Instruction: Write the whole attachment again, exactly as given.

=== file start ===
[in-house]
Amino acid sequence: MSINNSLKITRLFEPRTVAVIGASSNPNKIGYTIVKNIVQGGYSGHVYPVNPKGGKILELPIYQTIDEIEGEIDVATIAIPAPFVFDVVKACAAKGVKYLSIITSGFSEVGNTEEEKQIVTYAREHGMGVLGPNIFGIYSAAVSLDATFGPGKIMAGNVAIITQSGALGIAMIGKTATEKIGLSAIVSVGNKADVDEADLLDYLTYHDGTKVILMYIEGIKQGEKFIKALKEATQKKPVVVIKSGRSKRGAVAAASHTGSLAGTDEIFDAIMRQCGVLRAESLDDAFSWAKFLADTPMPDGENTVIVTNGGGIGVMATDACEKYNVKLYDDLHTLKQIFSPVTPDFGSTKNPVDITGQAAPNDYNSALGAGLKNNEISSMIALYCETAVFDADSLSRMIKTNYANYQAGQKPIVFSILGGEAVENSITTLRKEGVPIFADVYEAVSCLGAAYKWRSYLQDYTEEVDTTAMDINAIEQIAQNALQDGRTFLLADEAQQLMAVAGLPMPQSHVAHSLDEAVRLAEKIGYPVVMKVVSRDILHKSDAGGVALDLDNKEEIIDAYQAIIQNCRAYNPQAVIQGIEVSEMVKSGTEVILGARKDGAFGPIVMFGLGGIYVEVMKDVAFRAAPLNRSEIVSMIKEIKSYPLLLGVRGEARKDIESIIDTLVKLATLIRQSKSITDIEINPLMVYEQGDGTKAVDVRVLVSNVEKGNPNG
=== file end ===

[in-house]
Amino acid sequence: MSINNSLKITRLFEPRTVAVIGASSNPNKIGYTIVKNIVQGGYSGHVYPVNPKGGKILELPIYQTIDEIEGEIDVATIAIPAPFVFDVVKACAAKGVKYLSIITSGFSEVGNTEEEKQIVTYAREHGMGVLGPNIFGIYSAAVSLDATFGPGKIMAGNVAIITQSGALGIAMIGKTATEKIGLSAIVSVGNKADVDEADLLDYLTYHDGTKVILMYIEGIKQGEKFIKALKEATQKKPVVVIKSGRSKRGAVAAASHTGSLAGTDEIFDAIMRQCGVLRAESLDDAFSWAKFLADTPMPDGENTVIVTNGGGIGVMATDACEKYNVKLYDDLHTLKQIFSPVTPDFGSTKNPVDITGQAAPNDYNSALGAGLKNNEISSMIALYCETAVFDADSLSRMIKTNYANYQAGQKPIVFSILGGEAVENSITTLRKEGVPIFADVYEAVSCLGAAYKWRSYLQDYTEEVDTTAMDINAIEQIAQNALQDGRTFLLADEAQQLMAVAGLPMPQSHVAHSLDEAVRLAEKIGYPVVMKVVSRDILHKSDAGGVALDLDNKEEIIDAYQAIIQNCRAYNPQAVIQGIEVSEMVKSGTEVILGARKDGAFGPIVMFGLGGIYVEVMKDVAFRAAPLNRSEIVSMIKEIKSYPLLLGVRGEARKDIESIIDTLVKLATLIRQSKSITDIEINPLMVYEQGDGTKAVDVRVLVSNVEKGNPNG